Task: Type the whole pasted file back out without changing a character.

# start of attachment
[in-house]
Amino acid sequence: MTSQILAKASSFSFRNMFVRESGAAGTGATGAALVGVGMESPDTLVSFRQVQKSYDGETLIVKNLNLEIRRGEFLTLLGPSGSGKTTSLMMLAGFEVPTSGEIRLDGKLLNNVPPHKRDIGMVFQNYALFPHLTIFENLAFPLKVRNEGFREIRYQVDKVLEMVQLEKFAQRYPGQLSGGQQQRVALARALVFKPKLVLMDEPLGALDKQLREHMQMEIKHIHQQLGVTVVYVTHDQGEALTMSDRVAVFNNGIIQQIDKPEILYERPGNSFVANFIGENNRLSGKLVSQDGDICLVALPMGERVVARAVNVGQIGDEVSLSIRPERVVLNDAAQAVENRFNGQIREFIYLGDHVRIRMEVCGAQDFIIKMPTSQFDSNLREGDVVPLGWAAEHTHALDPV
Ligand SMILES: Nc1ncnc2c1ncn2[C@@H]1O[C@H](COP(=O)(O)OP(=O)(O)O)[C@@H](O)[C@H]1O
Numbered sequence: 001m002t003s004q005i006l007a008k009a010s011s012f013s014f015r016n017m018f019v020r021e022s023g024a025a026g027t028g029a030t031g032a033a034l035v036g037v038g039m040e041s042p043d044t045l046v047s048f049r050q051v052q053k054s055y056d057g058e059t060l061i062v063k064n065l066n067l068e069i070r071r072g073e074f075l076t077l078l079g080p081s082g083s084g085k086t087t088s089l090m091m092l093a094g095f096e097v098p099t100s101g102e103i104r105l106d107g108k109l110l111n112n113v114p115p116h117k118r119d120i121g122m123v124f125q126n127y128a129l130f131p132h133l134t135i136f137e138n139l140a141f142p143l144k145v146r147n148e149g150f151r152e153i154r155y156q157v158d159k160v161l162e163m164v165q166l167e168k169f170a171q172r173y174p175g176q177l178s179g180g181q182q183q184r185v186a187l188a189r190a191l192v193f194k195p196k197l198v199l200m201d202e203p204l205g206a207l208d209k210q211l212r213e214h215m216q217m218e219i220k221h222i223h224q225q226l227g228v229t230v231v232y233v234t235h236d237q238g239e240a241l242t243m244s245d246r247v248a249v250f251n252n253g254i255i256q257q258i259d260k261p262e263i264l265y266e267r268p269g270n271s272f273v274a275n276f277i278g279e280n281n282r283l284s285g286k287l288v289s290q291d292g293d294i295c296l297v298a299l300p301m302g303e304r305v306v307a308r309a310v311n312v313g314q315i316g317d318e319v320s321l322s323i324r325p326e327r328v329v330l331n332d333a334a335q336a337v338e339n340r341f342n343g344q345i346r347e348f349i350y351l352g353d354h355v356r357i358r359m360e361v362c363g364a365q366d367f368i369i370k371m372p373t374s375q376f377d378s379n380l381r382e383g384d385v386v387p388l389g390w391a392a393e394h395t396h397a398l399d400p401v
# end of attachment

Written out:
[in-house]
Amino acid sequence: MTSQILAKASSFSFRNMFVRESGAAGTGATGAALVGVGMESPDTLVSFRQVQKSYDGETLIVKNLNLEIRRGEFLTLLGPSGSGKTTSLMMLAGFEVPTSGEIRLDGKLLNNVPPHKRDIGMVFQNYALFPHLTIFENLAFPLKVRNEGFREIRYQVDKVLEMVQLEKFAQRYPGQLSGGQQQRVALARALVFKPKLVLMDEPLGALDKQLREHMQMEIKHIHQQLGVTVVYVTHDQGEALTMSDRVAVFNNGIIQQIDKPEILYERPGNSFVANFIGENNRLSGKLVSQDGDICLVALPMGERVVARAVNVGQIGDEVSLSIRPERVVLNDAAQAVENRFNGQIREFIYLGDHVRIRMEVCGAQDFIIKMPTSQFDSNLREGDVVPLGWAAEHTHALDPV
Ligand SMILES: Nc1ncnc2c1ncn2[C@@H]1O[C@H](COP(=O)(O)OP(=O)(O)O)[C@@H](O)[C@H]1O
Numbered sequence: 001m002t003s004q005i006l007a008k009a010s011s012f013s014f015r016n017m018f019v020r021e022s023g024a025a026g027t028g029a030t031g032a033a034l035v036g037v038g039m040e041s042p043d044t045l046v047s048f049r050q051v052q053k054s055y056d057g058e059t060l061i062v063k064n065l066n067l068e069i070r071r072g073e074f075l076t077l078l079g080p081s082g083s084g085k086t087t088s089l090m091m092l093a094g095f096e097v098p099t100s101g102e103i104r105l106d107g108k109l110l111n112n113v114p115p116h117k118r119d120i121g122m123v124f125q126n127y128a129l130f131p132h133l134t135i136f137e138n139l140a141f142p143l144k145v146r147n148e149g150f151r152e153i154r155y156q157v158d159k160v161l162e163m164v165q166l167e168k169f170a171q172r173y174p175g176q177l178s179g180g181q182q183q184r185v186a187l188a189r190a191l192v193f194k195p196k197l198v199l200m201d202e203p204l205g206a207l208d209k210q211l212r213e214h215m216q217m218e219i220k221h222i223h224q225q226l227g228v229t230v231v232y233v234t235h236d237q238g239e240a241l242t243m244s245d246r247v248a249v250f251n252n253g254i255i256q257q258i259d260k261p262e263i264l265y266e267r268p269g270n271s272f273v274a275n276f277i278g279e280n281n282r283l284s285g286k287l288v289s290q291d292g293d294i295c296l297v298a299l300p301m302g303e304r305v306v307a308r309a310v311n312v313g314q315i316g317d318e319v320s321l322s323i324r325p326e327r328v329v330l331n332d333a334a335q336a337v338e339n340r341f342n343g344q345i346r347e348f349i350y351l352g353d354h355v356r357i358r359m360e361v362c363g364a365q366d367f368i369i370k371m372p373t374s375q376f377d378s379n380l381r382e383g384d385v386v387p388l389g390w391a392a393e394h395t396h397a398l399d400p401v